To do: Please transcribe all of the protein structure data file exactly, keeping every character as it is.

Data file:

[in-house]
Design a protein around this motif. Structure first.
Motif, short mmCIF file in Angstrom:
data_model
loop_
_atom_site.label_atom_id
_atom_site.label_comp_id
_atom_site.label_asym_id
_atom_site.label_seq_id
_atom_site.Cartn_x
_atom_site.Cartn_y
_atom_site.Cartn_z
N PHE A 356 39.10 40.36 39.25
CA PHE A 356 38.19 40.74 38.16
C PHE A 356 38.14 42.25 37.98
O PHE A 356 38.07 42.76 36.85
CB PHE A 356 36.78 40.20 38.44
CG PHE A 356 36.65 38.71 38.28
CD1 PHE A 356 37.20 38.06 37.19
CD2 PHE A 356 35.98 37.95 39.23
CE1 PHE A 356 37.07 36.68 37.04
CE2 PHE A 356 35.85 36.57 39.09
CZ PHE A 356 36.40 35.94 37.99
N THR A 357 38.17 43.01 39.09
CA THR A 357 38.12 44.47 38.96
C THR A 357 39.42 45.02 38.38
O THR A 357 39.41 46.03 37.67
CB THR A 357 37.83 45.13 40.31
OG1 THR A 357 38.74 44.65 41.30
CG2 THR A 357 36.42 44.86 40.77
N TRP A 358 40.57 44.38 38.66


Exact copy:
[in-house]
Design a protein around this motif. Structure first.
Motif, short mmCIF file in Angstrom:
data_model
loop_
_atom_site.label_atom_id
_atom_site.label_comp_id
_atom_site.label_asym_id
_atom_site.label_seq_id
_atom_site.Cartn_x
_atom_site.Cartn_y
_atom_site.Cartn_z
N PHE A 356 39.10 40.36 39.25
CA PHE A 356 38.19 40.74 38.16
C PHE A 356 38.14 42.25 37.98
O PHE A 356 38.07 42.76 36.85
CB PHE A 356 36.78 40.20 38.44
CG PHE A 356 36.65 38.71 38.28
CD1 PHE A 356 37.20 38.06 37.19
CD2 PHE A 356 35.98 37.95 39.23
CE1 PHE A 356 37.07 36.68 37.04
CE2 PHE A 356 35.85 36.57 39.09
CZ PHE A 356 36.40 35.94 37.99
N THR A 357 38.17 43.01 39.09
CA THR A 357 38.12 44.47 38.96
C THR A 357 39.42 45.02 38.38
O THR A 357 39.41 46.03 37.67
CB THR A 357 37.83 45.13 40.31
OG1 THR A 357 38.74 44.65 41.30
CG2 THR A 357 36.42 44.86 40.77
N TRP A 358 40.57 44.38 38.66